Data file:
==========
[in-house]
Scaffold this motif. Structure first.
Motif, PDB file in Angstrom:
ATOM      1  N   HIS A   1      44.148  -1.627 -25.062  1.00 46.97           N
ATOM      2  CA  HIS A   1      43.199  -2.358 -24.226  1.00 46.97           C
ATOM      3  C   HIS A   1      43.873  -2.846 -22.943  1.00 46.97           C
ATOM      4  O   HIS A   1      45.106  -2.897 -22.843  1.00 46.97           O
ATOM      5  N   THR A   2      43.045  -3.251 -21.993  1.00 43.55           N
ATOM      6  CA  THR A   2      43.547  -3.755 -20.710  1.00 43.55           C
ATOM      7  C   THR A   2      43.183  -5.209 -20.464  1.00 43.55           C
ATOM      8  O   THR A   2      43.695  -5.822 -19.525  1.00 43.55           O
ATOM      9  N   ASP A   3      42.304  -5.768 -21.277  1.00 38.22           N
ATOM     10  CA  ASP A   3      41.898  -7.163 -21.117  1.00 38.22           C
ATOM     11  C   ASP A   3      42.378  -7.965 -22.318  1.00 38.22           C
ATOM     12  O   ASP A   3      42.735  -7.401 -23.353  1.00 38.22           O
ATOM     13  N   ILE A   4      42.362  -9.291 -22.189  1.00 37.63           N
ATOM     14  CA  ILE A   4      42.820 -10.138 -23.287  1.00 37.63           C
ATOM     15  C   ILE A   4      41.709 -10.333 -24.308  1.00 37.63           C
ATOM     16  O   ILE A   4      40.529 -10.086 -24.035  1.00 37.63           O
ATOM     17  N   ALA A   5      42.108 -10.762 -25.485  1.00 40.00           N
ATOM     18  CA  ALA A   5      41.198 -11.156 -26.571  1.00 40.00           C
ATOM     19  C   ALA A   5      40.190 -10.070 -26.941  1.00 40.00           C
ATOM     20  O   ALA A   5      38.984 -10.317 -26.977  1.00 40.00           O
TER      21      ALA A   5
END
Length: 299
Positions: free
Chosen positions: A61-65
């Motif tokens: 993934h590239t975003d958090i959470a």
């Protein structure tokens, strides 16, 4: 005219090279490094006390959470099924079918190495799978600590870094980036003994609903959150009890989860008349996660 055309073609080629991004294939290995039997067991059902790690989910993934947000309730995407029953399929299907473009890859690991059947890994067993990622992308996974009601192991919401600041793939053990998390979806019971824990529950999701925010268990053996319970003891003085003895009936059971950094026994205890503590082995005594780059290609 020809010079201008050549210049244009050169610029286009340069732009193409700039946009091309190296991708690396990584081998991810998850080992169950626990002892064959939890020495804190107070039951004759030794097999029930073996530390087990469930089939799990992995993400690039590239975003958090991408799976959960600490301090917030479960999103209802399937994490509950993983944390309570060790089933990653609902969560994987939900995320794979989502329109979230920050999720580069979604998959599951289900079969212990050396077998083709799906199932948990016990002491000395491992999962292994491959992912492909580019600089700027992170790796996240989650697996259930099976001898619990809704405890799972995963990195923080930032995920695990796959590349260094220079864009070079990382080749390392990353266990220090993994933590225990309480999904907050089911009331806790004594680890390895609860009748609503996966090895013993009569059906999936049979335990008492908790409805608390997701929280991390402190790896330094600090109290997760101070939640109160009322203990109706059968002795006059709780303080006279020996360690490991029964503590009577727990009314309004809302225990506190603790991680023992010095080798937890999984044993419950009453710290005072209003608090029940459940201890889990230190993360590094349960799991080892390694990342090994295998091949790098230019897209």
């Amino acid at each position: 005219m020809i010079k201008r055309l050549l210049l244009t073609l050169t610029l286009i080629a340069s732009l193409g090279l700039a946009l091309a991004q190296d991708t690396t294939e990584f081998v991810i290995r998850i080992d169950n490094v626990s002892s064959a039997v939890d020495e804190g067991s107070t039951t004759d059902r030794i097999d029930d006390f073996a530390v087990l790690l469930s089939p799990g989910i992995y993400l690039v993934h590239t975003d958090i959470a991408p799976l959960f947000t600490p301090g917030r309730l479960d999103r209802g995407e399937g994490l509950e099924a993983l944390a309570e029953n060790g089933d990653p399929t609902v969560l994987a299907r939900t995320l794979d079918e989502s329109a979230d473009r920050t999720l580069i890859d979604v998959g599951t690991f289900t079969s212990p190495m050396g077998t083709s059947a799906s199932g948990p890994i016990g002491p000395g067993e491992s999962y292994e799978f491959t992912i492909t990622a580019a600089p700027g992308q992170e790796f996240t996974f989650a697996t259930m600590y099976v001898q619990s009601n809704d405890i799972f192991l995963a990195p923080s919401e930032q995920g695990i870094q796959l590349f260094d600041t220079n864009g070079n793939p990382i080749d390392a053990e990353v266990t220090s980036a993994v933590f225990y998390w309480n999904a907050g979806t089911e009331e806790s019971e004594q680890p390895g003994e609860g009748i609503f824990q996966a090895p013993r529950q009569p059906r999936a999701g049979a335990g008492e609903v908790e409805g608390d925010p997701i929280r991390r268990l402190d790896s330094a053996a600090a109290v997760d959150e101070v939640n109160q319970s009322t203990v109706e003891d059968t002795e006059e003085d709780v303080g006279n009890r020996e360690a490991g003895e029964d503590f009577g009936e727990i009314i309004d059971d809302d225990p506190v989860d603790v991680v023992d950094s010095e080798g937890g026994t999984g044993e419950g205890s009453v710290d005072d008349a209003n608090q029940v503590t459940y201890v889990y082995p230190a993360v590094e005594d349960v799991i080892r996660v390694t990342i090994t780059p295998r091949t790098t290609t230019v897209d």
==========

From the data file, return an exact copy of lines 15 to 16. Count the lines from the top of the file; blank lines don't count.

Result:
ATOM     12  O   ASP A   3      42.735  -7.401 -23.353  1.00 38.22           O
ATOM     13  N   ILE A   4      42.362  -9.291 -22.189  1.00 37.63           N